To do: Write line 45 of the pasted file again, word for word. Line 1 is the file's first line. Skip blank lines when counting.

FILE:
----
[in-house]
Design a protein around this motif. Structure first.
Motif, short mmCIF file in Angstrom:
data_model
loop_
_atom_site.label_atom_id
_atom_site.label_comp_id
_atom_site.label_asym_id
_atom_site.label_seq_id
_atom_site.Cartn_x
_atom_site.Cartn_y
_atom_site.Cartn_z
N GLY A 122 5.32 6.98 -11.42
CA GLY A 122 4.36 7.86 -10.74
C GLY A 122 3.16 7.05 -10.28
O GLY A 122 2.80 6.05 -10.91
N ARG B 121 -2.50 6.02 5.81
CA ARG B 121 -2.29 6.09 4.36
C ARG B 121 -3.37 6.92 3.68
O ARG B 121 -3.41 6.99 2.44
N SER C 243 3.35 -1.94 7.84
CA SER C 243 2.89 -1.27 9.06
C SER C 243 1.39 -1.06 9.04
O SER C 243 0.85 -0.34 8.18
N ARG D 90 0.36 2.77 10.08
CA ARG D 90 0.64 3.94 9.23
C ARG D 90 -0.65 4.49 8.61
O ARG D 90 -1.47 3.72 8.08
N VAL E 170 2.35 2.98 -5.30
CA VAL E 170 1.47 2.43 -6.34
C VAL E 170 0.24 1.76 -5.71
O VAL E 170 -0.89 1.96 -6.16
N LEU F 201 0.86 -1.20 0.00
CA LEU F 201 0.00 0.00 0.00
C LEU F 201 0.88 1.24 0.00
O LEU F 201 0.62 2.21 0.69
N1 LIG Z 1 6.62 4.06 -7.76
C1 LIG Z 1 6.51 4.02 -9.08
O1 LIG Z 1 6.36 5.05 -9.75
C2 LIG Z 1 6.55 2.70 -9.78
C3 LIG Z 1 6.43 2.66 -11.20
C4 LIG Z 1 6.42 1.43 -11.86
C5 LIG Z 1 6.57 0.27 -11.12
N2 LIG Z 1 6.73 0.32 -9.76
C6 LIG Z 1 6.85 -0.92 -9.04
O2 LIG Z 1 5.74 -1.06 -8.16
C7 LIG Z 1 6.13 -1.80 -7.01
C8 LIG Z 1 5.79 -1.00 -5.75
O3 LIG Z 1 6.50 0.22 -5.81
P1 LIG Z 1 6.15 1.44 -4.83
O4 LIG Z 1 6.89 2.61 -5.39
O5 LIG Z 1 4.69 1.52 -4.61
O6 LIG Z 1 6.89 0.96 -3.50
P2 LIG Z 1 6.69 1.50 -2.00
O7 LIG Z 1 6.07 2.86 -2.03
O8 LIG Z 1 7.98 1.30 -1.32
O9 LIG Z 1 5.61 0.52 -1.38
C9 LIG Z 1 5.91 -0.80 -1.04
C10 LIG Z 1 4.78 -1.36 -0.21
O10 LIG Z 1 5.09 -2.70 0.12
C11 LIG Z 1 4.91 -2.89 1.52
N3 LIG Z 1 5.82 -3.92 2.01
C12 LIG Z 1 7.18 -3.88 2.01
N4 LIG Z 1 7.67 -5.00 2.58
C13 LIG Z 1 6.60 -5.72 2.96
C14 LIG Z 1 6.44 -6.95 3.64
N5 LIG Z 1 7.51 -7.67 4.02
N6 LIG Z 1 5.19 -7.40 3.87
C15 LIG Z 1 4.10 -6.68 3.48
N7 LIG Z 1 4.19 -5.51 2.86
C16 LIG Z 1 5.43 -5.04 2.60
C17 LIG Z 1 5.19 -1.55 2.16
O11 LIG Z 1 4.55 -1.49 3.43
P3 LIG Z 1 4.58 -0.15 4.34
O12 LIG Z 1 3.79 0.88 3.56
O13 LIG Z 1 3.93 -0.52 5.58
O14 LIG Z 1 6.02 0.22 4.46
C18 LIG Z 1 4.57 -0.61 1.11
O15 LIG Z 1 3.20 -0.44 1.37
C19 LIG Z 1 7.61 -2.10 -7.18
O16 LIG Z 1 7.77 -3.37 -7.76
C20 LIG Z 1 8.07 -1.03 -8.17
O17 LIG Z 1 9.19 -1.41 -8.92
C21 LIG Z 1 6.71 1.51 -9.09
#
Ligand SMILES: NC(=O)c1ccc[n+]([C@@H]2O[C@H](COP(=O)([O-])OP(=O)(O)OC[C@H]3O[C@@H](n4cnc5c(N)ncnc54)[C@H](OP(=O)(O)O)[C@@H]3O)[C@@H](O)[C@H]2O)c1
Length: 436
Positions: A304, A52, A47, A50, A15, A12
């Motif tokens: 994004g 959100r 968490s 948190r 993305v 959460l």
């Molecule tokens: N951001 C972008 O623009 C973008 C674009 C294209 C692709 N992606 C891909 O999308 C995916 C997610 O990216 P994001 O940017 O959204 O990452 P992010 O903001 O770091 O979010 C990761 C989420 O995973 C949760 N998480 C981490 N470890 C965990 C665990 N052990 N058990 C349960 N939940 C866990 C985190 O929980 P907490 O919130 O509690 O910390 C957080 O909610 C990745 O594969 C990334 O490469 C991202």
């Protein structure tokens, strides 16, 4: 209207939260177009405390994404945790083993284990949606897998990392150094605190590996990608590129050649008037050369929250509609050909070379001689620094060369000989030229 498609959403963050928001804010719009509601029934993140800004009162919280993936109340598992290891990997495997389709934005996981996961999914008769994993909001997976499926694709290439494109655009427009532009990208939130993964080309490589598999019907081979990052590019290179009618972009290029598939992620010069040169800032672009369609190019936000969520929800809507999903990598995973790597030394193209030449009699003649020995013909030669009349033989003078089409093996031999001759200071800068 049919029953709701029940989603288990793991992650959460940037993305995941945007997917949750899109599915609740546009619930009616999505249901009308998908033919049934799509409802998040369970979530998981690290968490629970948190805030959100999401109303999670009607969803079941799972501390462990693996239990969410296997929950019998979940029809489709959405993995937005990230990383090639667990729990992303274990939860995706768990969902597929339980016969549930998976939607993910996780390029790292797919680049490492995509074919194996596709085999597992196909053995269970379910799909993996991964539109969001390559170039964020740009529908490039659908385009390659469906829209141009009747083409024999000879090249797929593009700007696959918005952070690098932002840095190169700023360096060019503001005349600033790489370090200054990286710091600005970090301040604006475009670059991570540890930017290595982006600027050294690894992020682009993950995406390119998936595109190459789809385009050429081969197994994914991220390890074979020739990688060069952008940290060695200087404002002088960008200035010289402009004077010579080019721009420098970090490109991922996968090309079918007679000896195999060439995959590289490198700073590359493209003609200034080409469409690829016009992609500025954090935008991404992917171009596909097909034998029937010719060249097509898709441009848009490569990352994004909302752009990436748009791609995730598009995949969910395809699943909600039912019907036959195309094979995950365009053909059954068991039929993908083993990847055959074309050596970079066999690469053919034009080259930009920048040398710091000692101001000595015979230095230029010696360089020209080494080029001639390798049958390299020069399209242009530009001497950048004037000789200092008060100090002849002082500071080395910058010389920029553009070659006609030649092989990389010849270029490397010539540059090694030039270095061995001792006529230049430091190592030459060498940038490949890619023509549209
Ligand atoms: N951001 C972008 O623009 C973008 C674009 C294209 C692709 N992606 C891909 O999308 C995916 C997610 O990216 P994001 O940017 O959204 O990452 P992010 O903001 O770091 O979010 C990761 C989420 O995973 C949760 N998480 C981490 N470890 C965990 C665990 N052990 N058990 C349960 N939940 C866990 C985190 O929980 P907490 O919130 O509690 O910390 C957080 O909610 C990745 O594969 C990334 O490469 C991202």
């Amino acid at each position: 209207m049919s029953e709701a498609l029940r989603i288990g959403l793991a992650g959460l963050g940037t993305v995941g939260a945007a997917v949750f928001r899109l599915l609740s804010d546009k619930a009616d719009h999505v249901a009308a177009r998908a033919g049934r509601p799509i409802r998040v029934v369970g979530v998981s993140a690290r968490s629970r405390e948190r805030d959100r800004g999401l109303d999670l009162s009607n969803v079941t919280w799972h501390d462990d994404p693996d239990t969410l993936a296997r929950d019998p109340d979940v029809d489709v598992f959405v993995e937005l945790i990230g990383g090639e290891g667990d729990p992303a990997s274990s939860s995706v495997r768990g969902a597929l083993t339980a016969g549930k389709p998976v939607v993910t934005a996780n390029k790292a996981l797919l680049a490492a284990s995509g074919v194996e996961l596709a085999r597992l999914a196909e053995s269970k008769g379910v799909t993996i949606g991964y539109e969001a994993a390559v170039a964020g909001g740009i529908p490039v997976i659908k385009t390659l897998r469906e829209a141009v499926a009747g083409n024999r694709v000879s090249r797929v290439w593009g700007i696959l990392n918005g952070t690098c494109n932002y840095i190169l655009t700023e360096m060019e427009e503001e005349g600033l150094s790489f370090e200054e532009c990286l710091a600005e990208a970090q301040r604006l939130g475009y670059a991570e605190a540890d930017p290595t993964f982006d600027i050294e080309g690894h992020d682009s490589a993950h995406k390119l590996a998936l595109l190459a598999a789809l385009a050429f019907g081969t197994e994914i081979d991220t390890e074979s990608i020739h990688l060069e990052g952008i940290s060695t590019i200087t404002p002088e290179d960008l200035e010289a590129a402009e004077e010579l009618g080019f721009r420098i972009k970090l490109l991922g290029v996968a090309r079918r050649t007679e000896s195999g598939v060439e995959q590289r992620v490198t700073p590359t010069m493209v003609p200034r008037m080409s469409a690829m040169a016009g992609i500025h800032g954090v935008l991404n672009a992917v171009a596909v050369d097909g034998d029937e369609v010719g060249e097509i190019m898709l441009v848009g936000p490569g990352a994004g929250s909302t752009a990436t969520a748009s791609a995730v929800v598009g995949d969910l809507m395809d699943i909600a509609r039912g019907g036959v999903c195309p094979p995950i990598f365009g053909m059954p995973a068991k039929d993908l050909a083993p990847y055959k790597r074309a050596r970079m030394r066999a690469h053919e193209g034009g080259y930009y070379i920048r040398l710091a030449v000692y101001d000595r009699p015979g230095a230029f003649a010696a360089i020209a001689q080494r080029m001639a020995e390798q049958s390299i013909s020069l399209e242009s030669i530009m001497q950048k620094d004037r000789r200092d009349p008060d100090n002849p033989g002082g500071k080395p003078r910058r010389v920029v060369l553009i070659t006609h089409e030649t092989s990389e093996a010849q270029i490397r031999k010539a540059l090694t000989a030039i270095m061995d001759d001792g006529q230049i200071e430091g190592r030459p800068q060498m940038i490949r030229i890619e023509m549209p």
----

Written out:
C6 LIG Z 1 6.85 -0.92 -9.04